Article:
On April 29th, 2005, I called and scheduled an appointment with a doctor for my testosterone prescription. The office scheduled me for May 10th, 2005. The hour-long consult led me to scheduling my T start date on May 26th, or at least I thought that was going to be the start date.
When the 26th arrived, I was called by the doctor’s office and informed that there were concerns expressed by my doctor. One, my prolactin level was way too high (due to surgery, stress, and the fact that I didn’t have breast anymore.) Two, my doctor was concerned about starting me on T because of my age (I was 25 and wrapped up from chest surgery so I didn’t buy this one).
After talking with my doctor for forty-five minutes, I finally got my first shot scheduled for June 3rd. To do this, I had to go in and have another prolactin test (this one came back normal) and have my therapist send the doctor a letter stating that I had proper therapy. Six years of therapy and being evaluated by two therapists did the trick (this is not how health care providers should treat clients).
On June 3rd, I picked up my compounded prescription from a pharmacy where I lived. For $60.00, I received 5 ml (which lasted 5 weeks) and 5 needles/gauges for those injections. A nurse injected my first two shots, after that, it was all up to me. After my first vial ran out, I switched to Strohecker’s Pharmacy in Portland, Oregon. I received double the dose for the same price, so the switch was a no brainer. Sadly, due to an unregulated Nebraska state policy, Strohecker’s will not ship to Nebraska, but they will ship it to a friend or family member in a state that doesn’t have regulations on mail-order prescriptions. Another option is to use APS Pharmacy out of Florida, or contact your Walgreen’s Pharmacy and see if you can receive a discount card (I now use Walgreen’s).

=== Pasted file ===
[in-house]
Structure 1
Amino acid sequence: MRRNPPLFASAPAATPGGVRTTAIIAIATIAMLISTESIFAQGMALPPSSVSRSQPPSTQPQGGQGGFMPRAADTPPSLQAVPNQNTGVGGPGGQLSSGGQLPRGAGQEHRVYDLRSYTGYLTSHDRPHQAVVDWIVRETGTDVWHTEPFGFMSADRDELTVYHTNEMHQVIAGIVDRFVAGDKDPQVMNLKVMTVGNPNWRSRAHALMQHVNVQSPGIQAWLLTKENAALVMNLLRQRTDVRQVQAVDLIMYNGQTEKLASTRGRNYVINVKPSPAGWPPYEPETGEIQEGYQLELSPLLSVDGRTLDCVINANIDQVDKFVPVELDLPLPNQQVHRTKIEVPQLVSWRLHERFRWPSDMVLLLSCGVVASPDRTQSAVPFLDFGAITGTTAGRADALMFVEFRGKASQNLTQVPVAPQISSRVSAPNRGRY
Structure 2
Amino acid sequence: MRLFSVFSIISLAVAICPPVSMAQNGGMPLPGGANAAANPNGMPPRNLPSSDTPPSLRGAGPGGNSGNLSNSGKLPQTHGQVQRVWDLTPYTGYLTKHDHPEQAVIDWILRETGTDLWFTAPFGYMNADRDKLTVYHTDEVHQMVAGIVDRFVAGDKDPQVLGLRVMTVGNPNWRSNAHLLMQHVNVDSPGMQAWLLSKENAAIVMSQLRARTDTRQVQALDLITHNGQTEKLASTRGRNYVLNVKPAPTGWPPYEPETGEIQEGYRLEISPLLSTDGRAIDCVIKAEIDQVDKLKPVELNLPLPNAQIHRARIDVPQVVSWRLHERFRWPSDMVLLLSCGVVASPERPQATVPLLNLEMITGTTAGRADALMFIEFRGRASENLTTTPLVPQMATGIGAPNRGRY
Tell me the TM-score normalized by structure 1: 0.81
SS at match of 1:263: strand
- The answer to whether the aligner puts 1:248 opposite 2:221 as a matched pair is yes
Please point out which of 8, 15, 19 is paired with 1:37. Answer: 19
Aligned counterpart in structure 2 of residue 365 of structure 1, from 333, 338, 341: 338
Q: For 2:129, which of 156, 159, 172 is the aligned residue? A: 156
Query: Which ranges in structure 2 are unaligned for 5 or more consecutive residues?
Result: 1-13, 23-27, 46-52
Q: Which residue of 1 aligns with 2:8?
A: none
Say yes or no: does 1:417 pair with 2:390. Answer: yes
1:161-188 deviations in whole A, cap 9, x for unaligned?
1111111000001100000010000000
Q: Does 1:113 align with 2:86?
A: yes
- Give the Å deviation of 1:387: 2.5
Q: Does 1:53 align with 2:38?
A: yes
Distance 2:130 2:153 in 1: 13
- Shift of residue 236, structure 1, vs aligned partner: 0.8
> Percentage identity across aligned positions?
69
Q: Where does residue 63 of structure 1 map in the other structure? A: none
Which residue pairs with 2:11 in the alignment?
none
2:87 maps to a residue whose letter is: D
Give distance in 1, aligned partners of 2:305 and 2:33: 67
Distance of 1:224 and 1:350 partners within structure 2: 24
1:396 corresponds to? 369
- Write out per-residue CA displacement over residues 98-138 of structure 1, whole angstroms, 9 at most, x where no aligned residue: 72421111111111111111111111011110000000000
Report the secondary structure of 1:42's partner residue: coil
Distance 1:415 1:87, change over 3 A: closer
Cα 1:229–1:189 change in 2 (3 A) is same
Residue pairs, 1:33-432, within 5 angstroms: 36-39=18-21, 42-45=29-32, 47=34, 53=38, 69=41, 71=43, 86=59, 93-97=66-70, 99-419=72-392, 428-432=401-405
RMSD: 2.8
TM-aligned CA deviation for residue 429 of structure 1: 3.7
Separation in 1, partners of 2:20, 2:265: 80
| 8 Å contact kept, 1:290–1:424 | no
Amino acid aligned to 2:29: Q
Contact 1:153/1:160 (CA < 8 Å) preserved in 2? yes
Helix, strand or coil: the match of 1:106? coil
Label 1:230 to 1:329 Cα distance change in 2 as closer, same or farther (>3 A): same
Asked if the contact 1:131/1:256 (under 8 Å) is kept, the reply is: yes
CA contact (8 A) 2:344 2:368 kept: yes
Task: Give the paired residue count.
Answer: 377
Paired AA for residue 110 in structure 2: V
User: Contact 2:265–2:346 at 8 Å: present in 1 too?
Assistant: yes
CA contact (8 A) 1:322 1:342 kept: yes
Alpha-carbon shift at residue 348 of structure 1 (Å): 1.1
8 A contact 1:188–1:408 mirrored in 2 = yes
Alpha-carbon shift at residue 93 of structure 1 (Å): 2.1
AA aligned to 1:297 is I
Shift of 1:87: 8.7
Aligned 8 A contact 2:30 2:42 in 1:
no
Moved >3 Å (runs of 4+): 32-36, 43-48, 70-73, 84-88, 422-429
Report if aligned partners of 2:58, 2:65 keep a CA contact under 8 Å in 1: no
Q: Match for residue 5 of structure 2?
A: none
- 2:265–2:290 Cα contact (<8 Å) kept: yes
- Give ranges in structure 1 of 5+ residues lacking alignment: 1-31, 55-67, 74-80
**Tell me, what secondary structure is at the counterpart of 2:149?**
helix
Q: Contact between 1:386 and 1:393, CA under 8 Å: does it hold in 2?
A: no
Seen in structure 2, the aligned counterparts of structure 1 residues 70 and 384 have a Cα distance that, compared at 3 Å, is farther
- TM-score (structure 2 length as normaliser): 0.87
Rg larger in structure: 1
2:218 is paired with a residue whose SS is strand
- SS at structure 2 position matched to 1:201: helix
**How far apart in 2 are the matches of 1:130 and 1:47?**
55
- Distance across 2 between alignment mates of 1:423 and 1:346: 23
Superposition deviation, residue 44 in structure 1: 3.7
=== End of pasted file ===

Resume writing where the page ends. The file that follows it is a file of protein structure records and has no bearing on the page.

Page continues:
When I began my transition, I thought it would be helpful to start a monthly log noting my changes. This log had entries from 2005 to 2008. I stopped recording entries in 2008 because the drastic changes had stopped by this time. Due to the change in format of my site, I no longer have this log up, please email me with questions you have about T.
How my body has changed (watch YouTube Video below):
10-Years After Gender Rebel and Starting Testosterone:
I posted these videos to show how changes from testosterone are cumulative. Changes take time.
Some people believe that once you hit your six-month mark, or your one-year mark, your changes are done or that all subsequent changes will not be noticeable. This is a misconception I’ve frequently come across. It’s simply not true. Although changes after the six-month to one-year mark may be less drastic, there are still changes.
I think it’s important for all trans people who are physically transitioning through hormone therapy to be aware that it is a slow process. Remembering that helped me when I was feeling dysphoric, even after a year on T, because even though I looked completely male I didn’t look like a man my age or I felt my jawline or facial hair wasn’t defined enough (when comparing myself to other guys).
Being wary of the slowness, made it easier for me to deal with any dysphoria.